Walking the Walk

liturgical space 022Our Judeo-Christian tradition includes many long journeys towards a unique encounter with God.  The Israelites’ search for the Promised Land, Elijah fleeing to Mount Horeb, and Joseph and Mary travelling to Bethlehem are some example.  Jesus’ own long journey of his public ministry ultimately leads to his final journey to Golgotha.

Jerusalem from the Mount of Olives, looking towards the Dome of the Rock
Looking into the old city of Jerusalem from the Mount of Olives

Many Christians since have been inspired to seek encounter with God through pilgrimage.  It may be to sacred places abroad like the Holy Land, or walking in the footsteps of saints.  The processions of our liturgy enrich our worship by drawing us physically into the journey of encountering God.  They are, in their own way, pilgrimages into the mystery of Jesus’ death and resurrection, and our upcoming Holy Week celebrations are full of them.

Fr John and Severs showing the cross, Good Friday 2009Beginning with the procession at 9:00 am Mass on Palm Sunday, we continue with the processions of oils, gifts for the poor, and the Blessed Sacrament on Holy Thursday.  The cross is the focus of procession on Good Friday, as it is brought into the church, and as we approach it in adoration.  Finally, the Easter Vigil brings with it the procession of the light that dispels the 25320897818_a85d3d4b9f_b_ddarkness, and the procession to the font where we will not only renew our own baptism, but celebrate the baptism of five new Catholics – Thippi, Mathanki, Lucy, Song and Alan – who will then go on to process to the altar for the first time in Holy Communion.

Let us take the opportunity to participate in these processions prayerfully and place ourselves within the saving act of Jesus that is not just a historic event, but something that the liturgy makes real and present for us here and now.

Holy Week

Carmel Bulletin, 29 March 2015

Today we begin once again to approach the most holy days of the entire liturgical year.  We invite you all to participate in the celebrations of Holy Week and the Easter Triduum.

Our Diocese will celebrate the Chrism Mass at St Patrick’s Cathedral on Wednesday at 7:30 pm.  At this Mass, Bishop Kevin Manning will bless the oils that will be used in the celebration of the sacraments over the next year and consecrate the Sacred Chrism.  They will be presented to Fr Paul and representatives of our parish, and presented in our church prior to the commencement of the Holy Thursday evening Mass.

Bowl and Jug for the Washing of FeetThere is not a morning Mass on Holy Thursday, Good Friday or Holy Saturday.  The Easter Triduum begins with the Holy Thursday Mass of the Lord’s Supper at 7:30 pm. The Parish Centre is reserved on this evening as the altar of repose for the Blessed Sacrament.  The main church doors will be used, with the parish centre entrance reserved for mobility access only.  Please bring your Project Compassion box with you and Vinnies food donations also and place them in the baskets provided.  Solemn adoration of the Blessed Sacrament, which continues after Mass, will conclude with Night Prayer (Compline) at 9:45 pm.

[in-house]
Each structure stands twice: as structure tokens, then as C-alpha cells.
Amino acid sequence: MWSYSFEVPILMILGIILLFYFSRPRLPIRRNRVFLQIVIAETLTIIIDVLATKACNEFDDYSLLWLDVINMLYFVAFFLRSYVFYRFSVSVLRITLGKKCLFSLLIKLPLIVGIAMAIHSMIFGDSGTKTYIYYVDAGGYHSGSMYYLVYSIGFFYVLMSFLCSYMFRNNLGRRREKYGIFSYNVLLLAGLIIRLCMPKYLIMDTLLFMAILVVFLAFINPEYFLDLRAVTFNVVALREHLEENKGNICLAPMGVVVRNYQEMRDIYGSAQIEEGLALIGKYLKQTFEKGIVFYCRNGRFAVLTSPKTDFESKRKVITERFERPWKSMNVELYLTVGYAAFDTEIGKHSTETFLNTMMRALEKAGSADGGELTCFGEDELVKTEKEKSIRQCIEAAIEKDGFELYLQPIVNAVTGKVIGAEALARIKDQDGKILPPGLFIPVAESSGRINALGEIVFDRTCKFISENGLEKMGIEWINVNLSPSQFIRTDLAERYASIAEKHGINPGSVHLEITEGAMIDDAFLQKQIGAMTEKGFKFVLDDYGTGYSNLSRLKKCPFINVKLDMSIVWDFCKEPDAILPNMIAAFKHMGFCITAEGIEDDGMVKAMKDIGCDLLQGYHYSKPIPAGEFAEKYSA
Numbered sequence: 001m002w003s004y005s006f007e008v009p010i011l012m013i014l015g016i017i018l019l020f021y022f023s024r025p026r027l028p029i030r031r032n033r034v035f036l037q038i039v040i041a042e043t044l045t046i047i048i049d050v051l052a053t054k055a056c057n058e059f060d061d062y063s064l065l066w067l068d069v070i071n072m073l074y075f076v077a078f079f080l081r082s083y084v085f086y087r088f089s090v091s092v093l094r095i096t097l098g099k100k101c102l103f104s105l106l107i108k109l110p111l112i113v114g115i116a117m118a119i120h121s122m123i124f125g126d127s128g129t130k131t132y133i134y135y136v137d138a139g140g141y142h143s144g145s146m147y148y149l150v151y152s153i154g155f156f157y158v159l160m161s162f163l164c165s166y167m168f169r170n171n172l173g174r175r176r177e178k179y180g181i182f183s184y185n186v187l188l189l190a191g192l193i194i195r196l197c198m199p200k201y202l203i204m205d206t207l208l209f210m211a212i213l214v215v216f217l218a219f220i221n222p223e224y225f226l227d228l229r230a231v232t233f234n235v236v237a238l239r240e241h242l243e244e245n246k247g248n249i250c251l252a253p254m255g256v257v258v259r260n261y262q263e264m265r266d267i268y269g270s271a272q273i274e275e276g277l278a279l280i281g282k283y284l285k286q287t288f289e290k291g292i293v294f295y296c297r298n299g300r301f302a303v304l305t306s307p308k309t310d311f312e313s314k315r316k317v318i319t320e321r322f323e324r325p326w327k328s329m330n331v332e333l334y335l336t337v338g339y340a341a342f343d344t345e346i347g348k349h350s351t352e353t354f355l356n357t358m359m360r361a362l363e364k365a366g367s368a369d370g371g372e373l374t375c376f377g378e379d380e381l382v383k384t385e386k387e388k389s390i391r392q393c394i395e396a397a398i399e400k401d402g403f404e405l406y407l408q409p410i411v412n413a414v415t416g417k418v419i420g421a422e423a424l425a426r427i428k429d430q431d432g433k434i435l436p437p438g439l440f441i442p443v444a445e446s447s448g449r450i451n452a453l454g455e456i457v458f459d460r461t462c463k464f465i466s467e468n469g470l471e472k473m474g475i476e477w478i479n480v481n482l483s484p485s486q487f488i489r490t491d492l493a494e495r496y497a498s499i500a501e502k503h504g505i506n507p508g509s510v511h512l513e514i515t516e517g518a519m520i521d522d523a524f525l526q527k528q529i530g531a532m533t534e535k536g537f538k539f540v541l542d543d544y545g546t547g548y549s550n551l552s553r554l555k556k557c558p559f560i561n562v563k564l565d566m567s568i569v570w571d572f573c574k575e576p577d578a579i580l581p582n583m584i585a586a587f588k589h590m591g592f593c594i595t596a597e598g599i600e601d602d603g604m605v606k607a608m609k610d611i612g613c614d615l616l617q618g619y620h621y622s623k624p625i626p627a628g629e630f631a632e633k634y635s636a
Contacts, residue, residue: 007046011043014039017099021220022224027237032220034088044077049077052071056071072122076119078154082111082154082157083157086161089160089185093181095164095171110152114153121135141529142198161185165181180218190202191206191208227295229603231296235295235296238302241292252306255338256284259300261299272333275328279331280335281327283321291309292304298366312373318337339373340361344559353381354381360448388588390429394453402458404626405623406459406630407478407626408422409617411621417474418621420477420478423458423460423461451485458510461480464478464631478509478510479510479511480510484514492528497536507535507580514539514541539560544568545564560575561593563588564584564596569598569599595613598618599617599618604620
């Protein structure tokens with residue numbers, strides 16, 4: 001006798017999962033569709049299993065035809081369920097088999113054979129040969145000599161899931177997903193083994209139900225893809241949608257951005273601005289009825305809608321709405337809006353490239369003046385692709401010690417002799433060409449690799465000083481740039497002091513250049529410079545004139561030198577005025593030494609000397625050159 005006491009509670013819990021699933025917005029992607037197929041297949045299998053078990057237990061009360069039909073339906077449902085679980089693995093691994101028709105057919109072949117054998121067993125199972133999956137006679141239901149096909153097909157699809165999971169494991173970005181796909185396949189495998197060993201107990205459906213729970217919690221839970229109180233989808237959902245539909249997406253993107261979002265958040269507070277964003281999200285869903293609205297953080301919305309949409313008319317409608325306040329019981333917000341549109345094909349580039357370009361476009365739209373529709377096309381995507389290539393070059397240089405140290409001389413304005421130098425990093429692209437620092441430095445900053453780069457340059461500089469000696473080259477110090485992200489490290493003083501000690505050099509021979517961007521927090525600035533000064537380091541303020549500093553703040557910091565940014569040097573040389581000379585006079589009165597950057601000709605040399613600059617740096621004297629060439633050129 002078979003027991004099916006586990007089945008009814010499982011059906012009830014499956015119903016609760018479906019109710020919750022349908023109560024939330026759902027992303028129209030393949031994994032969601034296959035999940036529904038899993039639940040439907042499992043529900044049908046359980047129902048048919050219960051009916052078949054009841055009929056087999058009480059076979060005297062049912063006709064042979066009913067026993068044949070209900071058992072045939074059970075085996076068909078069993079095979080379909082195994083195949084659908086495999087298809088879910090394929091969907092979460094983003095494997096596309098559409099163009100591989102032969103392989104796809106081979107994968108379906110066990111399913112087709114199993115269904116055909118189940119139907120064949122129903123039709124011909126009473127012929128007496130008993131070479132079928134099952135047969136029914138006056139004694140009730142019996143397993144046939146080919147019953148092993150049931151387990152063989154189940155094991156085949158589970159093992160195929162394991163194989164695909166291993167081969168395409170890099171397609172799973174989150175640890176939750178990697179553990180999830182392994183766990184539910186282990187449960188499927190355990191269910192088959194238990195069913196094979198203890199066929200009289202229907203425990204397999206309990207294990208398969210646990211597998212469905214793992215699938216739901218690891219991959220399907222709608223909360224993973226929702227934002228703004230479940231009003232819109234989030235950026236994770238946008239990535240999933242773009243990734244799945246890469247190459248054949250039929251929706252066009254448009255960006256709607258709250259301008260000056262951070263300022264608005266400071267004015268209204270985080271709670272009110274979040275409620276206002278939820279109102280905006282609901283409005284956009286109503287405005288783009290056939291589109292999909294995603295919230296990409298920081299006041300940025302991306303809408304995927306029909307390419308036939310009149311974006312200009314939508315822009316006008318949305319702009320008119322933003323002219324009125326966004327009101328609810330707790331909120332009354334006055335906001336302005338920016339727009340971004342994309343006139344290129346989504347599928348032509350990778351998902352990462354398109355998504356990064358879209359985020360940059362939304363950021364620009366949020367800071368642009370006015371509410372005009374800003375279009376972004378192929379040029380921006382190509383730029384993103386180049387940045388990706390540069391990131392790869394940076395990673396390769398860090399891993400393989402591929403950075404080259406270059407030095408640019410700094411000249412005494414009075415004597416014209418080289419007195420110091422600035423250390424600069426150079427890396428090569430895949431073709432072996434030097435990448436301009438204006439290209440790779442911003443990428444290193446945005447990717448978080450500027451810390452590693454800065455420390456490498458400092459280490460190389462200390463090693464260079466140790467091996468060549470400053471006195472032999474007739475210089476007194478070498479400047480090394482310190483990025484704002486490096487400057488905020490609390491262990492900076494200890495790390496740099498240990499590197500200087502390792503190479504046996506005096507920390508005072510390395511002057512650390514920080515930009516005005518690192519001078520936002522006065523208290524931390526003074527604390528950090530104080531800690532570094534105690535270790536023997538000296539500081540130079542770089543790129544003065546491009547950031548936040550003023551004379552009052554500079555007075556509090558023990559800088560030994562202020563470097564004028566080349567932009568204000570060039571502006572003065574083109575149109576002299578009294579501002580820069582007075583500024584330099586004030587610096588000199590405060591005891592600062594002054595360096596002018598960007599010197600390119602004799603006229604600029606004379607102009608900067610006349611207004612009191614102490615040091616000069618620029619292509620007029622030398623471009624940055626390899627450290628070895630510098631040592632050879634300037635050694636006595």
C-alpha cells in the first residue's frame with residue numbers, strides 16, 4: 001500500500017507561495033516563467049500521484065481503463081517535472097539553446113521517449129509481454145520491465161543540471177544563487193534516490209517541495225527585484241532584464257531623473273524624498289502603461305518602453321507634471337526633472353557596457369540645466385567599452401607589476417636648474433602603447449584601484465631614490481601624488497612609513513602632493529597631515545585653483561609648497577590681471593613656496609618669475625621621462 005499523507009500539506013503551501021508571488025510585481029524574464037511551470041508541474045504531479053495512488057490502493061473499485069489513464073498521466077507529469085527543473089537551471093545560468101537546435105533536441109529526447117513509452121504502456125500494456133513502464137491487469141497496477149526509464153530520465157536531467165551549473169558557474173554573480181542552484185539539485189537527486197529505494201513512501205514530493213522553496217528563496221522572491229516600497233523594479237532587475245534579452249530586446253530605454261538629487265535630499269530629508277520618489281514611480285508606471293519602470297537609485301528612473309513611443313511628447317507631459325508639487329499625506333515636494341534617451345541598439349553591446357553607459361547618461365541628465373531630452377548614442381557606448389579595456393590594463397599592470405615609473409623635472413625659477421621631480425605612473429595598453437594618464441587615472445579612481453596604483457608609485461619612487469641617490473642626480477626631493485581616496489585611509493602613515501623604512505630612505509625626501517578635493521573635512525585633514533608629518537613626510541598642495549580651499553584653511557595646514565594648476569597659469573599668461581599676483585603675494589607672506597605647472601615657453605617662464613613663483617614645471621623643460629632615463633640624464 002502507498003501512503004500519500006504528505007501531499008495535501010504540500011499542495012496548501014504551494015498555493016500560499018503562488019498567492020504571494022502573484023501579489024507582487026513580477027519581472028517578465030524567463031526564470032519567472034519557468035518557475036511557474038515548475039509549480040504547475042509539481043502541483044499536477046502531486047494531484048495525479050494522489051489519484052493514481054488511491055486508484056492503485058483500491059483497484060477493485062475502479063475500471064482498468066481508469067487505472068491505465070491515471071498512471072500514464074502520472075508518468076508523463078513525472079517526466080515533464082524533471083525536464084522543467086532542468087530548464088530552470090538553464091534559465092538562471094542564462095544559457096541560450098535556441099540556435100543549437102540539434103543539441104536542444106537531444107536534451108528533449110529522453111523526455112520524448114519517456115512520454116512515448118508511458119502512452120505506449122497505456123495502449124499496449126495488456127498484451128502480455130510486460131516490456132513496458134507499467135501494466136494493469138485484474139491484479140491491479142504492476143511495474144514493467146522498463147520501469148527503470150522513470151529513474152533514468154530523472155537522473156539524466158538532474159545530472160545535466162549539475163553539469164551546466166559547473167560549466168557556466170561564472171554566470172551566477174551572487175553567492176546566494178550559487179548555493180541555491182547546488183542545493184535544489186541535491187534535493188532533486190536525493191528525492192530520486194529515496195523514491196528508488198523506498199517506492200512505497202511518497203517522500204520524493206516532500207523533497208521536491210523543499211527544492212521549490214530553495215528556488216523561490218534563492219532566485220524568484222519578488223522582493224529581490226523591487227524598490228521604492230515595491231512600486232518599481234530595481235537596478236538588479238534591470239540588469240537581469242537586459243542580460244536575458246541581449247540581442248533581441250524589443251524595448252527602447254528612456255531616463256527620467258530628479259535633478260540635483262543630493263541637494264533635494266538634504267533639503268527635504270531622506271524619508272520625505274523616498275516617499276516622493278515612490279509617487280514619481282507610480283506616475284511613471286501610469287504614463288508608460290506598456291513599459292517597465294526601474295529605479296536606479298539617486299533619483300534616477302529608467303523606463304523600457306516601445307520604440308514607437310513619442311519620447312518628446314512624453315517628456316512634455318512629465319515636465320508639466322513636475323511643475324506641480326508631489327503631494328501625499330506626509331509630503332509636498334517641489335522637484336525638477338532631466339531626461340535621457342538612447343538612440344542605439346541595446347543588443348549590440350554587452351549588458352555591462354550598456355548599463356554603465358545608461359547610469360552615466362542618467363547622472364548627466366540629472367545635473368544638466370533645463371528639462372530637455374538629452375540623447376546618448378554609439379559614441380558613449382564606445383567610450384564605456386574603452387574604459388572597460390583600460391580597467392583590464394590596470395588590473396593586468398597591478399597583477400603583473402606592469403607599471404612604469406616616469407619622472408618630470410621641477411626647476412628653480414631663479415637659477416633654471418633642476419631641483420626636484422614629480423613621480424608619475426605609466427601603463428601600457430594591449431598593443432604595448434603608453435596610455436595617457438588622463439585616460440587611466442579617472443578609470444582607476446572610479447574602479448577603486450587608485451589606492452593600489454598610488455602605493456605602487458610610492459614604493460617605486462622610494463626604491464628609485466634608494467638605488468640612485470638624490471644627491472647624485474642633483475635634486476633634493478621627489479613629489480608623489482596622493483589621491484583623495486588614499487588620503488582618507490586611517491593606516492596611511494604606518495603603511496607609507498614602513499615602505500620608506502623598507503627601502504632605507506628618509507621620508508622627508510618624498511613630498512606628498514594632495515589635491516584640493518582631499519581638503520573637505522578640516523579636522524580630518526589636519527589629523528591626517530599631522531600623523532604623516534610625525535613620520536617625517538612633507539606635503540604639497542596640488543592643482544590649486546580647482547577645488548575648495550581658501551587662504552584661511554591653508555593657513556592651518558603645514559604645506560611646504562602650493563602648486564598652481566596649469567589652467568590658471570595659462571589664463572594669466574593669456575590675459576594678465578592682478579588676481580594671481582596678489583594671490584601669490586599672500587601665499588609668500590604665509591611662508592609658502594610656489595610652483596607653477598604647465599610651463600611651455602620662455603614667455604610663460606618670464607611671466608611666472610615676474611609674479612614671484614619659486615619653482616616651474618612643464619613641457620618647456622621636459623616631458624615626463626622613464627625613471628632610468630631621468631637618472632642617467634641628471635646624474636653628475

Procession of the CrossStations of the Cross will be prayed on Good Friday at 9:00 am, and the Sacrament of Reconciliation will be celebrated from 9:30 – 10:30 am.  The church will remain open during the day for those who wish to come and pray.  The main celebration of this day is the Celebration of the Lord’s Passion at 3:00 pm.

Fire at Easter VigilIf you have flowers to contribute to the Marian Shrine or other saints at Easter, please bring these down to the parish centre on Holy Saturday from 9:00 am – 10:00 am.  The main celebration of this day and the entire Easter Triduum is The Easter Vigil at 7:30 pm.

Finally, Easter Sunday Masses will be celebrated at 7:00 am, 9:00 am, 10:30 am and 6:00 pm.

Recalling Holy Thursday

Carmel Bulletin, 14 May 2014

The Holy Thursday Mass of the Lord’s Supper is the beginning of the Easter Triduum.  It is the first part of the extended three-day celebration of the passion, death and resurrection of Jesus.  It is the only Mass we are permitted to celebrate in the parish on Holy Thursday.

Each part of the Triduum has a ritual element that makes it unique.  While the Missal states that it is optional, the Washing of Feet is particular to Holy Thursday, and many people gather to engage in this unique and moving ritual.

Bowl, jug of water and stool for the Washing of FeetThe Latin name for the Washing of Feet, the mandatum, not only lends itself to one of the names for this day (Maundy Thursday), but indicates the focus of this ritual and of this Eucharistic celebration.  The point of this ritual is that Christ gives a mandatum novum (new commandment) to love one another as he loved his disicples; a love so great that he would kneel like a servant to wash their feet, and sacrifice himself so that we all may have eternal life.  This ritual is also preceded by the proclamation of the only gospel account of the original mandatum (John 13:1-15).